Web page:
Ans: One word answer. Yes it is.
Shades of the approach that defines this attitude can be seen in the following links:
But there is a contrarian viewpoint on this. A significant population ( significant enough to swing elections) of Americans think it is morally correct. And they have justification for this, which in the parlance of popular ‘justification industry’ may be quite valid.
When North America was colonized there was nothing on the land. This was contrary to the South America which had a huge reserve of precious metals. The Spanish who colonized the South made huge gains out of the treasure. In fact, the main occupation of the English was to robe the Spanish ships sailing the Atlantic.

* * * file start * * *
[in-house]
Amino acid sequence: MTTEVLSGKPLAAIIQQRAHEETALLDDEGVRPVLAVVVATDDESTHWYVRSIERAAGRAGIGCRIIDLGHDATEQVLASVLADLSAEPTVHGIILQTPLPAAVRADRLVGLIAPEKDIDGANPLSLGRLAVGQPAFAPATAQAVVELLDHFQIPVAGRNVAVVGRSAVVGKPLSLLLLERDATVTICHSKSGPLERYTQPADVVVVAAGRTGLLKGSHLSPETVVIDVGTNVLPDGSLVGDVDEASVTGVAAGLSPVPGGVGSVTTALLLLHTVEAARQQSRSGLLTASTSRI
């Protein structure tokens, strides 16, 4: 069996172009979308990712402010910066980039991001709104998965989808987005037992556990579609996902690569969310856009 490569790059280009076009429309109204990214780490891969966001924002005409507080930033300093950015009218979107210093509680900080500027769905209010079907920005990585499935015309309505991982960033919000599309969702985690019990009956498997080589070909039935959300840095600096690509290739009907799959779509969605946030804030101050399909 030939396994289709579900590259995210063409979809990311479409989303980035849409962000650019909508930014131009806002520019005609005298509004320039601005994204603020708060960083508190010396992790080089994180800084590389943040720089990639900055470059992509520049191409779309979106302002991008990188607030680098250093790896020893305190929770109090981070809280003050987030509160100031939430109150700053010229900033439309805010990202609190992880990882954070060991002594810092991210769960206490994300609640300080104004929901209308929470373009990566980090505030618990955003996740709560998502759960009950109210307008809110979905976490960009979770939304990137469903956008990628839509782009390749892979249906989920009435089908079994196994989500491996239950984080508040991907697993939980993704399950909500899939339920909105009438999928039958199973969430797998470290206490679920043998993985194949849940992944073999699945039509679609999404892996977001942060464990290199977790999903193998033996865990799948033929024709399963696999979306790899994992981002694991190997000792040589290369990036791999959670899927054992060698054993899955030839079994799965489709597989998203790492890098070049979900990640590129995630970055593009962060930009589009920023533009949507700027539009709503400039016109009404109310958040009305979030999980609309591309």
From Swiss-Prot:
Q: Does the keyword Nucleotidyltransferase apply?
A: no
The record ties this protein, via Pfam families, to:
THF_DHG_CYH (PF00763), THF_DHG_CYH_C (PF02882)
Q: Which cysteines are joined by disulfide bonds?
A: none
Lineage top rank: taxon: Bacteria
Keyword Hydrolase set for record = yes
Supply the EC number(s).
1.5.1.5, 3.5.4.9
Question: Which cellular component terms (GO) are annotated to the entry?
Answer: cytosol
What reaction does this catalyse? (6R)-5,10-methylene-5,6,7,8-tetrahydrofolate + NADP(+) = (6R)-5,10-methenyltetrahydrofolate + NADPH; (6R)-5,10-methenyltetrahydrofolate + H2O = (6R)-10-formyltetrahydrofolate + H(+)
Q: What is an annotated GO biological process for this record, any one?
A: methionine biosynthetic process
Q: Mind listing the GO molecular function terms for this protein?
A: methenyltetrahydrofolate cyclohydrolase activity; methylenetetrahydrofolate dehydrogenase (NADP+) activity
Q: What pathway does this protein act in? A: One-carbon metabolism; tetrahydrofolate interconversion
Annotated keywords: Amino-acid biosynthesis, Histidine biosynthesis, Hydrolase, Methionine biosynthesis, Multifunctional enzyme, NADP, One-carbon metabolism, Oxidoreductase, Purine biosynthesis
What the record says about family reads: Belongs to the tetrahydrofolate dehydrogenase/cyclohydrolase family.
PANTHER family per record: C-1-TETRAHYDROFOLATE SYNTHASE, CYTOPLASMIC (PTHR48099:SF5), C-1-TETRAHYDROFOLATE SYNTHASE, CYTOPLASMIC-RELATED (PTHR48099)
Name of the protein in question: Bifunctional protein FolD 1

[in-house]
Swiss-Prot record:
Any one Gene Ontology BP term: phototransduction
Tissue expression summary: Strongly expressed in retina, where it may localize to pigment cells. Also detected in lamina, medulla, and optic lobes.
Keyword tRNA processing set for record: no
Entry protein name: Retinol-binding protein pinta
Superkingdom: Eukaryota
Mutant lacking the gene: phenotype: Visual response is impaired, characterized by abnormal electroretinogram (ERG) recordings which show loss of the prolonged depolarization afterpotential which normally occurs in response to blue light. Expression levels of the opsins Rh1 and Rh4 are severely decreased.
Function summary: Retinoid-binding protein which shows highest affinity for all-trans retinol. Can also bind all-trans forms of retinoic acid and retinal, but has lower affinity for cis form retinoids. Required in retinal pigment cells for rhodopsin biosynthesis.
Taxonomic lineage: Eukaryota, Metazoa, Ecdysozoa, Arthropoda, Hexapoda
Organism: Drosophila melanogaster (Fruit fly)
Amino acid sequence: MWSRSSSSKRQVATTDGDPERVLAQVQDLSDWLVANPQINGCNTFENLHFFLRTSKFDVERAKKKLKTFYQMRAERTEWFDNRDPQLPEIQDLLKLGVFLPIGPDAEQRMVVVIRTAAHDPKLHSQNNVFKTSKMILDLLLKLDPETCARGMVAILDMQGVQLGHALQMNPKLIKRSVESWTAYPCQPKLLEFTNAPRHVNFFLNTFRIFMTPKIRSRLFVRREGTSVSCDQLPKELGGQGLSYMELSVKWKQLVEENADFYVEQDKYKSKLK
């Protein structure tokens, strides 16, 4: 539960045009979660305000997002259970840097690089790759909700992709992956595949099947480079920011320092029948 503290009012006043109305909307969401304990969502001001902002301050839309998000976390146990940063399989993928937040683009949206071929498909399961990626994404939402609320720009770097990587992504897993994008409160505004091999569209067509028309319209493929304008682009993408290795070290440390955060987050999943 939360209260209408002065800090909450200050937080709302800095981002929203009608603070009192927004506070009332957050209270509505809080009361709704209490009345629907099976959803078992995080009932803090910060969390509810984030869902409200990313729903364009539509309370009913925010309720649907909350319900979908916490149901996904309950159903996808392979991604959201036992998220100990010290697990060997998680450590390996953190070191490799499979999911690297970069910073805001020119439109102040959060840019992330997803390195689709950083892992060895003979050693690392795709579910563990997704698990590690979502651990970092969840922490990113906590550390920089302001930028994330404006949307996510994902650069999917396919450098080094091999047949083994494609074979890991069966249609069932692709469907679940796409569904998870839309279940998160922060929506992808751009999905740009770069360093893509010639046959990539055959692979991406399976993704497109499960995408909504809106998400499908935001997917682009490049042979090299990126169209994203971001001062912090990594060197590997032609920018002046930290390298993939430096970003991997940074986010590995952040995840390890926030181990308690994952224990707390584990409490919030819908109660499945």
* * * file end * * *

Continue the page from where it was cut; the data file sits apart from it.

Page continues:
Most of the people who colonized North America were the poor who were fleeing the poverty of Europe. A vast majority were indentured (white) slaves or prisoners who were promised freedom after a period of work.
Thus, unlike elsewhere in the world, the rich in the US started from a ‘ground zero’. Furthermore, a minority of the rich in the US has a culture of investing their wealth back into the community. People attribute the work ethics of the US to the Protestant work culture, which considered work as an act of redeeming oneself from the hell, most men are doomed to fall. Protestants consider wealth as the index of their work. Thus, wealth dictating democracy is not considered a regressive trait.